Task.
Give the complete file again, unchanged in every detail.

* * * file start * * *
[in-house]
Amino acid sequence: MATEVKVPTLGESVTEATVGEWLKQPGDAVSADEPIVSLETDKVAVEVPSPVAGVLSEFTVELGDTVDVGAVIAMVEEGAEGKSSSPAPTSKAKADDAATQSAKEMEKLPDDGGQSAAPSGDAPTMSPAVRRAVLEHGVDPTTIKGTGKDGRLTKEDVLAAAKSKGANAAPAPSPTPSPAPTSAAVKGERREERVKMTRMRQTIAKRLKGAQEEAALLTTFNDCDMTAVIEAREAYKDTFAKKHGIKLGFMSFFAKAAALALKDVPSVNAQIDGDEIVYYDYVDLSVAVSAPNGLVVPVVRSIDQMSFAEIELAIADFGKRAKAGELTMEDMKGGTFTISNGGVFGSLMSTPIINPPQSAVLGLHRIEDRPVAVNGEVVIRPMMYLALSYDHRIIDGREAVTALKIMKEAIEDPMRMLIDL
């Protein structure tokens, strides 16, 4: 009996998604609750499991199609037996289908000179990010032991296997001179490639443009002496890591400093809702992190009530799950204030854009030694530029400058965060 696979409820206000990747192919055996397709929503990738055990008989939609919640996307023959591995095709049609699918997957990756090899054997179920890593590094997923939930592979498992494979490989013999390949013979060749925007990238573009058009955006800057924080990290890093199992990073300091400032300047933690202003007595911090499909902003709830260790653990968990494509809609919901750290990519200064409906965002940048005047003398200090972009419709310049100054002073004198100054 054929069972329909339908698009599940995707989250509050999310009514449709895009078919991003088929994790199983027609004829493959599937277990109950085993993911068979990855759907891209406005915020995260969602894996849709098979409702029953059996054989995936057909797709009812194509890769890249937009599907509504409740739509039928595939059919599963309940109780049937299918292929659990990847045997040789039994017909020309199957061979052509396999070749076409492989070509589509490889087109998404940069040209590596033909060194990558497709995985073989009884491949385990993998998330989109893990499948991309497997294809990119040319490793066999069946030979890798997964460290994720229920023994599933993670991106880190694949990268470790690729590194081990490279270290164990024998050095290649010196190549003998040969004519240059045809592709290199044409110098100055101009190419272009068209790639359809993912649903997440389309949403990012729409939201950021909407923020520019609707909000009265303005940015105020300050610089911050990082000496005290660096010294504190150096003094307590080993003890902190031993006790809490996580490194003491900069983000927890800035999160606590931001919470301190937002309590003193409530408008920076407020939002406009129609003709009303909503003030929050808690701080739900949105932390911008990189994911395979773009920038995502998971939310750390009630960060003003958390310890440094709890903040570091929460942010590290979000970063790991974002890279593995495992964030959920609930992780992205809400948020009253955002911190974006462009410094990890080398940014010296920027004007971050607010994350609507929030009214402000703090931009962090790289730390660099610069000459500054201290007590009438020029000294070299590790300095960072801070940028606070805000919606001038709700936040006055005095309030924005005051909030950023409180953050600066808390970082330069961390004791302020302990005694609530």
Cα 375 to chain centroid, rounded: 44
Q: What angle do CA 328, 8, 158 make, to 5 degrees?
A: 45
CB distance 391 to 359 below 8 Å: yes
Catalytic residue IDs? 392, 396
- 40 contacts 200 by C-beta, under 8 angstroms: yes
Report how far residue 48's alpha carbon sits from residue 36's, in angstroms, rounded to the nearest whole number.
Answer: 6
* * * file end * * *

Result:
[in-house]
Amino acid sequence: MATEVKVPTLGESVTEATVGEWLKQPGDAVSADEPIVSLETDKVAVEVPSPVAGVLSEFTVELGDTVDVGAVIAMVEEGAEGKSSSPAPTSKAKADDAATQSAKEMEKLPDDGGQSAAPSGDAPTMSPAVRRAVLEHGVDPTTIKGTGKDGRLTKEDVLAAAKSKGANAAPAPSPTPSPAPTSAAVKGERREERVKMTRMRQTIAKRLKGAQEEAALLTTFNDCDMTAVIEAREAYKDTFAKKHGIKLGFMSFFAKAAALALKDVPSVNAQIDGDEIVYYDYVDLSVAVSAPNGLVVPVVRSIDQMSFAEIELAIADFGKRAKAGELTMEDMKGGTFTISNGGVFGSLMSTPIINPPQSAVLGLHRIEDRPVAVNGEVVIRPMMYLALSYDHRIIDGREAVTALKIMKEAIEDPMRMLIDL
């Protein structure tokens, strides 16, 4: 009996998604609750499991199609037996289908000179990010032991296997001179490639443009002496890591400093809702992190009530799950204030854009030694530029400058965060 696979409820206000990747192919055996397709929503990738055990008989939609919640996307023959591995095709049609699918997957990756090899054997179920890593590094997923939930592979498992494979490989013999390949013979060749925007990238573009058009955006800057924080990290890093199992990073300091400032300047933690202003007595911090499909902003709830260790653990968990494509809609919901750290990519200064409906965002940048005047003398200090972009419709310049100054002073004198100054 054929069972329909339908698009599940995707989250509050999310009514449709895009078919991003088929994790199983027609004829493959599937277990109950085993993911068979990855759907891209406005915020995260969602894996849709098979409702029953059996054989995936057909797709009812194509890769890249937009599907509504409740739509039928595939059919599963309940109780049937299918292929659990990847045997040789039994017909020309199957061979052509396999070749076409492989070509589509490889087109998404940069040209590596033909060194990558497709995985073989009884491949385990993998998330989109893990499948991309497997294809990119040319490793066999069946030979890798997964460290994720229920023994599933993670991106880190694949990268470790690729590194081990490279270290164990024998050095290649010196190549003998040969004519240059045809592709290199044409110098100055101009190419272009068209790639359809993912649903997440389309949403990012729409939201950021909407923020520019609707909000009265303005940015105020300050610089911050990082000496005290660096010294504190150096003094307590080993003890902190031993006790809490996580490194003491900069983000927890800035999160606590931001919470301190937002309590003193409530408008920076407020939002406009129609003709009303909503003030929050808690701080739900949105932390911008990189994911395979773009920038995502998971939310750390009630960060003003958390310890440094709890903040570091929460942010590290979000970063790991974002890279593995495992964030959920609930992780992205809400948020009253955002911190974006462009410094990890080398940014010296920027004007971050607010994350609507929030009214402000703090931009962090790289730390660099610069000459500054201290007590009438020029000294070299590790300095960072801070940028606070805000919606001038709700936040006055005095309030924005005051909030950023409180953050600066808390970082330069961390004791302020302990005694609530």
Cα 375 to chain centroid, rounded: 44
Q: What angle do CA 328, 8, 158 make, to 5 degrees?
A: 45
CB distance 391 to 359 below 8 Å: yes
Catalytic residue IDs? 392, 396
- 40 contacts 200 by C-beta, under 8 angstroms: yes
Report how far residue 48's alpha carbon sits from residue 36's, in angstroms, rounded to the nearest whole number.
Answer: 6